To my mind, “reflation” has always proceeded under false pretenses. This goes for more than just the latest version, as we witnessed the same incongruity in each of the prior three. The trend is grounded in mere hope more than rational analysis, largely because I think human nature demands it. We are conditioned to believe especially in the 21st century that the worst kinds of things are either unrealistic or apply to some far off location nowhere near our experience.

In economic terms, what is really a technocratic ideal hasn’t helped with this confirmation bias. The Fed is staffed with the best and the brightest, supposedly, so there is no way the economy could stay down forever. Even if they managed to screw up time and again, eventually they will have to get it right. The same kind of sentiment is applied to other central banks whether they ever deserved it or not (even the BoJ).

Within this paradigm, what the Fed in particular is doing now makes it all the worse. There is a great deal of misunderstanding about what these “rate hikes” mean. There is none about what they are supposed to mean, which is the successful completion of years of monetary “accommodation” that greatly aided in bringing about full recovery. But that is not what is going on here. It is vastly different, a fact that doesn’t seem to have registered in all that many places. I wrote the day the FOMC voted for the last one:

The intersection of the modeled path of the long run economic trajectory with that of the dramatically reduced federal funds rate is the Fed essentially declaring that the economy we have today is the best then can do; this, under these orthodox terms, is it. Even if it means Industrial Production declining for fifteen straight months, that is not something the FOMC means any longer to fix. The committee just voted to tell you that it no longer believes that doing so is its job. If we are in a depression, as IP for consumer goods as well as the related denominator for the unemployment rate show, then there is nothing the FOMC can do about it.

It seems to be taken instead in the popular imagination that by raising rates monetary officials do not want to wait for the “overheating” they once talked incessantly about. But if you listen to what they say, and read what it is they write about, overheating is no longer a topic of conversation let alone an expectation. There is no surge in demand coming, a prediction as valid today as it was in 2014, only now mainstream economists and central bankers agree with it (what other choice did they have?).

Commodities, in particular, however, appear to be either unaware or unbothered. Despite immense accumulations of inventory, especially oil, prices have been resurrected like the mythical phoenix from the ashes. In the oil space, OPEC has promised to cut back and its members have largely lived up to the pledge, but it has always been a surge in demand that was to reduce the so-called glut. Even in gasoline, crack spreads have been unusually high without any current justification for them; it is entirely about tomorrow and what many seem to believe is so much better economic prospects.

A good deal of this hope rests on China, as well. While the Fed is to “reflation” confirmation of firming demand, the Chinese have been put to serious action. There was enormous fiscal “stimulus” to start 2016 and then equally enormous (sounding) monetary effort later in the year. Without the backing of “dollars”, the PBOC has been printing money in a way the Fed could only wish.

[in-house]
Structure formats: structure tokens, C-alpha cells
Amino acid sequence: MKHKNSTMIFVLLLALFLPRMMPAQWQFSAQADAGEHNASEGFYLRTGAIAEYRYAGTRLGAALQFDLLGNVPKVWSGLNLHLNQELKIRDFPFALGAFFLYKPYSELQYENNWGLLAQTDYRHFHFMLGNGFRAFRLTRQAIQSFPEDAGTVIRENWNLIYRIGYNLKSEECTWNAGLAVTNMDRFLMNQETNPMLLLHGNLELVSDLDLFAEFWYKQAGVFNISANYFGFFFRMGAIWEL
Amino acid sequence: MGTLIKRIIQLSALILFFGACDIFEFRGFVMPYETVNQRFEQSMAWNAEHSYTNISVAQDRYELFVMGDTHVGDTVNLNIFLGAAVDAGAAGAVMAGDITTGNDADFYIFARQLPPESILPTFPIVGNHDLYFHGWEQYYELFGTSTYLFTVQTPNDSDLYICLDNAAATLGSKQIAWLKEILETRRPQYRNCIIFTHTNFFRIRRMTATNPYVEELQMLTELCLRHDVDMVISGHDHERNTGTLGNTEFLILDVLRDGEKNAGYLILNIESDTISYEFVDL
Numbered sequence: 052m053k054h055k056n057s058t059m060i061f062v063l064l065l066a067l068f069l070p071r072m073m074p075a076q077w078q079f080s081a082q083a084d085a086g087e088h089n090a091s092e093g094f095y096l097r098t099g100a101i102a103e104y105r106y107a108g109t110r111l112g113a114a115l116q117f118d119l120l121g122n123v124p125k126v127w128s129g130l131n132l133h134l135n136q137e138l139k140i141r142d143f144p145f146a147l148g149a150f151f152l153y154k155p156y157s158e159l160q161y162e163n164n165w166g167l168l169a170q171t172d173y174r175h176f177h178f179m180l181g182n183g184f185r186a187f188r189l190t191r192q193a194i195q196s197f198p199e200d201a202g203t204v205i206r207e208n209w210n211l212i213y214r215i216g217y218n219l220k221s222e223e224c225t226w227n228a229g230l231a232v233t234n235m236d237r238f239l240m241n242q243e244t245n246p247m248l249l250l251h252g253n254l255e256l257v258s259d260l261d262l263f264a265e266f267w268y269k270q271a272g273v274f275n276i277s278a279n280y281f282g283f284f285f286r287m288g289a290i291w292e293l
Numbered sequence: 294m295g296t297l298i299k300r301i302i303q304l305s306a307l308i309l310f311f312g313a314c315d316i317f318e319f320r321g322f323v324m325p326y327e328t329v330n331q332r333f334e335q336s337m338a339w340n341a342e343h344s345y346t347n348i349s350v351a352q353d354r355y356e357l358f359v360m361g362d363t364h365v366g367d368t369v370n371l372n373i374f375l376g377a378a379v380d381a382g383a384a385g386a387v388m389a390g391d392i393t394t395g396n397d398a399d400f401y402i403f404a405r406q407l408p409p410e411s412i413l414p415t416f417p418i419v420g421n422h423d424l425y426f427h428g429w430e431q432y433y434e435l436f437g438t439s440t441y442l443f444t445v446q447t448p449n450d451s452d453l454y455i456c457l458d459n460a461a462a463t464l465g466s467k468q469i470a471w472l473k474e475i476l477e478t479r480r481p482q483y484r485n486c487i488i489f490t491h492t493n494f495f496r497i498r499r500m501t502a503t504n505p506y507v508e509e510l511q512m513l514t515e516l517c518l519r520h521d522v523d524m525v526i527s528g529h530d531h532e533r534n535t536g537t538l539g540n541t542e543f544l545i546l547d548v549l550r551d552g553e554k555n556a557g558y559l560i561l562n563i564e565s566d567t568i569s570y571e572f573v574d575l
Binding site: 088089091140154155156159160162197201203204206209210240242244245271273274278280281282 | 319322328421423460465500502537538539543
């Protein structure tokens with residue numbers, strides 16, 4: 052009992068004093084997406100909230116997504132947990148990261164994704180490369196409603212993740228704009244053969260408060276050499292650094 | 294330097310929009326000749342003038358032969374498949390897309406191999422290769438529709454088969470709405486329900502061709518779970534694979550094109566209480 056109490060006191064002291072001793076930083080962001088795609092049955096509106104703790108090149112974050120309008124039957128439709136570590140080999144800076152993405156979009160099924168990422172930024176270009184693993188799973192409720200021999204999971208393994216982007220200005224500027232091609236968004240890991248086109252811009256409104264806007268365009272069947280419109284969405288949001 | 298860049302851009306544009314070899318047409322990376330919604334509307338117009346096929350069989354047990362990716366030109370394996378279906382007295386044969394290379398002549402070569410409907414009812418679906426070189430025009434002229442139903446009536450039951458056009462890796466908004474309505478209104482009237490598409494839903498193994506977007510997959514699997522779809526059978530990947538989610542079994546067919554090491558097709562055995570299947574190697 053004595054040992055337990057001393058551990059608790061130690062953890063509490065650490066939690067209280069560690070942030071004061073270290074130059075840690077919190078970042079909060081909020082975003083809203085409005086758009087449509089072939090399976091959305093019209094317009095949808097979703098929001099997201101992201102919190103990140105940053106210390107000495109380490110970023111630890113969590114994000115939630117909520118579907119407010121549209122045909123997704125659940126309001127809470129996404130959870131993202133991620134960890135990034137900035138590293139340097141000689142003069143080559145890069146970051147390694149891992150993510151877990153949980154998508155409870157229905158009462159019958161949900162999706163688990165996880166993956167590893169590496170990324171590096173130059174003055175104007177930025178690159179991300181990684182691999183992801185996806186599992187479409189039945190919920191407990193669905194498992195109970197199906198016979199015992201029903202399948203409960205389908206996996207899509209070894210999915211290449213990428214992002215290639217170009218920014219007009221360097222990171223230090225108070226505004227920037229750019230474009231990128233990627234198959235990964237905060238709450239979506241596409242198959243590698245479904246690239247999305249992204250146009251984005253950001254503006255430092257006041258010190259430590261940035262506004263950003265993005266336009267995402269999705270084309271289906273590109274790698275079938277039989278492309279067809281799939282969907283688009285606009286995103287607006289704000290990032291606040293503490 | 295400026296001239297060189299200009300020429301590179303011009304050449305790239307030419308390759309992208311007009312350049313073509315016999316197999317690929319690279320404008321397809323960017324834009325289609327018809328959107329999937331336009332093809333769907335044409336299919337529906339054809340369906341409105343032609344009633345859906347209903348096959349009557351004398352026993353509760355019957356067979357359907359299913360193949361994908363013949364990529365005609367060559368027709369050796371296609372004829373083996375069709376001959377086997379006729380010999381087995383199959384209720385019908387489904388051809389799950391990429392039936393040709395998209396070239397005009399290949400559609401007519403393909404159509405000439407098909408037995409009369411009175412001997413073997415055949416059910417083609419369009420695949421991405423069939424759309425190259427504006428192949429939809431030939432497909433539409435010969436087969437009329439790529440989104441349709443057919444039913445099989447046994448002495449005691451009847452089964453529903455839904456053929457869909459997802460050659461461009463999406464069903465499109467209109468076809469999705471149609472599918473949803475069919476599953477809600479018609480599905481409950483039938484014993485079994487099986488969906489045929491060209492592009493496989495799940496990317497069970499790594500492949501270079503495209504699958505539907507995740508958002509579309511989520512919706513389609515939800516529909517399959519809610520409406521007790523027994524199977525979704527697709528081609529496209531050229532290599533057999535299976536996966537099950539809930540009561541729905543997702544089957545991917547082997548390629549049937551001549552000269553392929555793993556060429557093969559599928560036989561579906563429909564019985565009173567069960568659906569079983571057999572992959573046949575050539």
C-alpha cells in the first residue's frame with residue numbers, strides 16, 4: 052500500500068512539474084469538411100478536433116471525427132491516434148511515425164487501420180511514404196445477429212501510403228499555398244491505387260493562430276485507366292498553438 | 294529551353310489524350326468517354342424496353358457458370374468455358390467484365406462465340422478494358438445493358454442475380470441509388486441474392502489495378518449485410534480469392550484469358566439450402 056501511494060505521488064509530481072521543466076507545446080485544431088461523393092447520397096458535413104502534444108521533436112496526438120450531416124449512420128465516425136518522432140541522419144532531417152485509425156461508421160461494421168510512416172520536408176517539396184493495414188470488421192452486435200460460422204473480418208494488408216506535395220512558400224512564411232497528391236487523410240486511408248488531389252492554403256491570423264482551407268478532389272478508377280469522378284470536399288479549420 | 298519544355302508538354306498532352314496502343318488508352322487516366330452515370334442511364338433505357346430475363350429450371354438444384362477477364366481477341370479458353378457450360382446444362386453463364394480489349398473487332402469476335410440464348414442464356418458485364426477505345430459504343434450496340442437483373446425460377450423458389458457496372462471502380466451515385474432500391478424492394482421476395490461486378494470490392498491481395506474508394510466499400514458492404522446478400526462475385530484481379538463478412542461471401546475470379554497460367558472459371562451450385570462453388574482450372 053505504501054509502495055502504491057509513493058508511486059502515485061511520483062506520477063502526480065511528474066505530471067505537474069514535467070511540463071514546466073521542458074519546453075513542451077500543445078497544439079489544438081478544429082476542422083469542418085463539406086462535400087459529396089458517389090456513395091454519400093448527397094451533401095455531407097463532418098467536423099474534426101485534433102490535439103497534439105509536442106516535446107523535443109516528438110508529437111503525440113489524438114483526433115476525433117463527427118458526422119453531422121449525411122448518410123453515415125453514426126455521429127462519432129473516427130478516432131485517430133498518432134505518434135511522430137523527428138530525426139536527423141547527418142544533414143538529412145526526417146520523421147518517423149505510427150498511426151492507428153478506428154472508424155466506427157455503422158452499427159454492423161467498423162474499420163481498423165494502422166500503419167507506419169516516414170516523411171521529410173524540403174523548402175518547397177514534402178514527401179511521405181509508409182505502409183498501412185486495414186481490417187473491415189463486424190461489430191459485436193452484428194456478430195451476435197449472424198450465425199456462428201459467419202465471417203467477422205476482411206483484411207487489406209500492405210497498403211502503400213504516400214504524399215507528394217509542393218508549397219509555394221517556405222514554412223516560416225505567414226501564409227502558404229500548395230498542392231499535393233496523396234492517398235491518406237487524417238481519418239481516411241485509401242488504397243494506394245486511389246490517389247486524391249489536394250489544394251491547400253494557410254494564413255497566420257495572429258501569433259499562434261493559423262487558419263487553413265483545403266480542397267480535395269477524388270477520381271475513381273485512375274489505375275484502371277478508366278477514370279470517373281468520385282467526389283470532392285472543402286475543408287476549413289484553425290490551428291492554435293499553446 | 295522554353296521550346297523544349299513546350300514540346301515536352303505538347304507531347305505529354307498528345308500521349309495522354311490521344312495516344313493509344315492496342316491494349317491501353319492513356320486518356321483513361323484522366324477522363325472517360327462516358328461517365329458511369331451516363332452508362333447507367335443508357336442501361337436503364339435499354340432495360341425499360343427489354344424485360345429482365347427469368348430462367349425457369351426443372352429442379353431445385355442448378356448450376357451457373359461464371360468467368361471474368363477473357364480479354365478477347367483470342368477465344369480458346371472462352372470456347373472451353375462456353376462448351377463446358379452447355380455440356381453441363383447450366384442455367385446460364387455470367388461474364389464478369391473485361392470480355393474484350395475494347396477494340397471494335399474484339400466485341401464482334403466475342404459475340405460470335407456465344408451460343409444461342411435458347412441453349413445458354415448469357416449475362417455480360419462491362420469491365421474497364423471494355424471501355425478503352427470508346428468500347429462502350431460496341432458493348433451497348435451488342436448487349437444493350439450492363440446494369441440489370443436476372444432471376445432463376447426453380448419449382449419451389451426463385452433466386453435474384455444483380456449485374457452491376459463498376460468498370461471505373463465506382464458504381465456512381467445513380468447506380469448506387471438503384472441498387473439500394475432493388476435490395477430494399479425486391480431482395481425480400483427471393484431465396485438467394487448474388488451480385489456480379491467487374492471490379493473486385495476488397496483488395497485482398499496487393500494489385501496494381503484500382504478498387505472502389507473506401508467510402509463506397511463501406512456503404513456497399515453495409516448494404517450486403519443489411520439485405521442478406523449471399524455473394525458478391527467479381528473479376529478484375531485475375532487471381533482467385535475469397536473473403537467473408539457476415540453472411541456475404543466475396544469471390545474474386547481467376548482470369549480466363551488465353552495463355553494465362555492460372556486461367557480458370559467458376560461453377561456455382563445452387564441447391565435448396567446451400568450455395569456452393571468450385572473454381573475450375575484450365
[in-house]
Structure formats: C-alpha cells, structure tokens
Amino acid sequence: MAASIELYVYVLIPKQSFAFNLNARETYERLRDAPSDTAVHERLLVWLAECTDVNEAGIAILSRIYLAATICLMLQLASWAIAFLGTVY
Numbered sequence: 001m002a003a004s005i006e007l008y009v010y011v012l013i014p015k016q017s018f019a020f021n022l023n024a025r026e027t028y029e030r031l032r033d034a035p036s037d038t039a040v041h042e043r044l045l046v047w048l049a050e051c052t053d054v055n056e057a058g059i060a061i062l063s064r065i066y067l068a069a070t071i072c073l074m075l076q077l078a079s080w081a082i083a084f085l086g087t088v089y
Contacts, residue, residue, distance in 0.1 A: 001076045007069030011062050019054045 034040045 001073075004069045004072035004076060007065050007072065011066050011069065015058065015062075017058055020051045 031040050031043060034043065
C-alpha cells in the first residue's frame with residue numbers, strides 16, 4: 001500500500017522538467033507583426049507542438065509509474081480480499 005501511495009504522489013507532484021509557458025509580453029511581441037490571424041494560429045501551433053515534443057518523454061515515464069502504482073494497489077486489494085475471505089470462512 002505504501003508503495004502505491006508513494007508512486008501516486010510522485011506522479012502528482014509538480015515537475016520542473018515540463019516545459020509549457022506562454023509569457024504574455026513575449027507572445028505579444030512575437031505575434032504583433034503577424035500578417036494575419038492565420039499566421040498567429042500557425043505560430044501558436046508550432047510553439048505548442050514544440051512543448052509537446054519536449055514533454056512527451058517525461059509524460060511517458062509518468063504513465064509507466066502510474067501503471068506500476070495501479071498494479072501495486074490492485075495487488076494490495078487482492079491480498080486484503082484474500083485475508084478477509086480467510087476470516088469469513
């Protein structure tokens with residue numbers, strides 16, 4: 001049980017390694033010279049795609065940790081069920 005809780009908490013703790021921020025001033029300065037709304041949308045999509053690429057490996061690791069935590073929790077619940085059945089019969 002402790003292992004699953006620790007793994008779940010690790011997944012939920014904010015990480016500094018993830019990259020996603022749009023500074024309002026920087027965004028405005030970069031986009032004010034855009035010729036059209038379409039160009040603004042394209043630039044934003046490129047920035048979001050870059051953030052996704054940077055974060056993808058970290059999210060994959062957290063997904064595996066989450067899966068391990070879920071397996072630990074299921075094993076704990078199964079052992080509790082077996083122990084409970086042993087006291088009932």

As such, producer prices in China have spiked to levels not seen since before the Great “Recession.” The Chinese PPI registered 7.9% in February 2017, higher than at any time during the initial “recovery” period (before the events of 2011 and the economic consequences thereafter) and the fastest price increase since late 2008.

That is the combined elements of low base effects with this renewed sense that tomorrow just has to be better because it can’t get any worse or linger without growth forever. Something just has to go right.

Contrasting that PPI number, however, was China’s CPI. A product (pardon the pun) largely of fresh food prices, the CPI on that side of the Pacific just decelerated sharply to 0.8% in the very same month. But while food prices were to blame, outside of that segment it wasn’t as if fresh RMB was pushing up everything else; to the contrary, China’s “core” CPI (ex food and energy) rose just 1.8%. For reference, the PBOC targets 3% as its definition of “stable prices.”

It seems very likely the same chasm between commodity hope and undisturbed economic reality that we find all over the world to start 2017, almost a mirror of what began 2016.

Acceleration outside of commodities is sorely lacking, the very confirmation that at some point will be required if “reflation” is to continue on. It cannot remain a dream forever, especially since there are enormous imbalances yet to be overcome. The world economy is not poised for the liftoff that only three years ago was widely believed. The “rising dollar” canceled the launch. Apparently the mission scrub wasn’t broadcast to the public. The very quiet acceptance and surrender on this account isn’t surprising, as in sharp contrast to how QE was introduced its ragged end passed without any public comment. Wouldn’t want too many questions about how no one in position of authority saw this coming: